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CNN AMERICAN MORNING WITH PAULA ZAHN

Wisconsin State Fair One of Biggest in Country

Aired August 9, 2002 - 09:53   ET

THIS IS A RUSH TRANSCRIPT. THIS COPY MAY NOT BE IN ITS FINAL FORM AND MAY BE UPDATED.


JACK CAFFERTY, CNN ANCHOR: The Wisconsin State Fair is one of the biggest, and arguably the best, in the country. It doesn't change a lot from year to year.
As Jason Bellini finds out, that's what's good about it.

(BEGIN VIDEOTAPE)

JASON BELLINI, CNN CORRESPONDENT (voice-over): It's a culture that, if you're city folk, is hard to imagine still exists, where people get genuinely excited about the judging of their cow's physique.

UNIDENTIFIED FEMALE: I'm the 2002 Wisconsin Brown Swiss Queen.

BELLINI: At the state fair, you find it.

(on camera): Your cow has big ears.

UNIDENTIFIED FEMALE: Thanks.

BELLINI (voice-over): Most of us living so far removed from the origins of our packaged food, being around a real cow -- well, for me at least -- is incredibly amusing.

(on camera): Wow, is your cow pretty happy?

UNIDENTIFIED FEMALE: Oh, very happy.

BELLINI: How can you tell?

UNIDENTIFIED FEMALE: Well, she's happy because she's smiling.

UNIDENTIFIED MALE: The state fair was started many years ago for the exhibit of dairy cattle, a competition between the different animals, the different breeders, to select a better livestock.

BELLINI (voice-over): The state fair changes little from year to year, generation to generation.

KAY KUSIK, FAIR ATTENDEE: And we used to take the bus out to the fair when I was a little girl in the 1940s. The parts that we like haven't changed much, no. We like the animals, and to see the animals judged, and just the core of the fair has not changed.

BELLINI: In Wisconsin, for one week, the cult of the cream puff reconvenes. UNIDENTIFIED FEMALE: Ever since I was a little kid, we came down every year and got cream puffs.

BELLINI: Made from thick cream, from Wisconsin cows of course, 51 puffs per minute are sold here. Parents and grandparents buy them for their children and grandchildren, and pass on a memory from their own childhoods.

UNIDENTIFIED FEMALE: You wait in line, you watch them make them. You wait for them all year long.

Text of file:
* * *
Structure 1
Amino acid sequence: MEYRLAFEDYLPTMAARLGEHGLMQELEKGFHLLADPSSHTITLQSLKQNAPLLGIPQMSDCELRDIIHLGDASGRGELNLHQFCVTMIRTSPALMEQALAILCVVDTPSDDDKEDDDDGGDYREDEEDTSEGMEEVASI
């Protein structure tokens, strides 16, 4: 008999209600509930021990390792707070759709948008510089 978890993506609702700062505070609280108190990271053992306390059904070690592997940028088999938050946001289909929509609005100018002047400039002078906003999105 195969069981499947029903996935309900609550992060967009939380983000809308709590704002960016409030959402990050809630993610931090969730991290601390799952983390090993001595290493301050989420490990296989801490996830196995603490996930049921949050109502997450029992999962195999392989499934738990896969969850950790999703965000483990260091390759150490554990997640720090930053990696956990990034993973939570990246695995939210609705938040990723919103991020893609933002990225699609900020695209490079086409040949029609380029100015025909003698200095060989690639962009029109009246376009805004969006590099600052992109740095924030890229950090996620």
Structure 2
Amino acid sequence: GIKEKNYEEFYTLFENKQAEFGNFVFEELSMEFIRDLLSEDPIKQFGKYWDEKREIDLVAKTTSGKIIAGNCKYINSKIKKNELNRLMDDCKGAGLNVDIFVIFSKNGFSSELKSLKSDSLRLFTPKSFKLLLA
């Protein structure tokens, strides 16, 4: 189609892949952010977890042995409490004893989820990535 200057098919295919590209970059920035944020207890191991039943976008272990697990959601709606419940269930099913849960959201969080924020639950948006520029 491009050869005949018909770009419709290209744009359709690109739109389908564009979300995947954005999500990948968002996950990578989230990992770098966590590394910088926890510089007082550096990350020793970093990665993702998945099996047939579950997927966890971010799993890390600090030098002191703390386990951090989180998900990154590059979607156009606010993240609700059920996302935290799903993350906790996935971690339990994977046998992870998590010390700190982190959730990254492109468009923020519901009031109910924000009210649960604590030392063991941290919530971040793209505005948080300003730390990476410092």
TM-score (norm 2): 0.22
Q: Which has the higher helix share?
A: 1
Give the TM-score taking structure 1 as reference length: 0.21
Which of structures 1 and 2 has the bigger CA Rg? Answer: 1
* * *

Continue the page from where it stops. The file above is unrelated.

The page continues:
BELLINI: The games at the fair, for the most part, are electronic-component free. Some of the most popular activities, the most simple ones.

(on camera): This is one of the things I remember best from when I was little and went to the state fair. It's the big green and yellow slide. It's pretty low-tech, but it's still around.

UNIDENTIFIED MALE: We like to check the animals and, oh, the rabbits especially, because I used to raise rabbits when I was a kid.

BELLINI (voice-over): Fairgoers who come to the rabbit judging see a youth culture rarely displayed in the media, perhaps because it's not considered cool enough. Rabbit breeding, it turns out, isn't just for country bumpkins.

TEX THOMAS, RABBIT JUDGE: Because you can keep one in the garage, you can keep one in the bedroom.

BELLINI (on camera): Not all these kids come from the countryside.

THOMAS: I would say the majority of the kids that are here today come from the city.

BELLINI (voice-over): The people who produce food, who sustain a large part of a state's economy, forgive our ignorance.

UNIDENTIFIED FEMALE: We ask, like, "Do brown cows make brown milk?"

BELLINI: The things fun to make fun of...

(on camera): The National Dairy Queen?

BELLINI (voice-over): ... are perhaps a reminder that the new normal has not fully replaced the old normal. And children are not too jaded to appreciate the fun of yesteryear.

Jason Bellini, CNN, Milwaukee, Wisconsin.

(END VIDEOTAPE)

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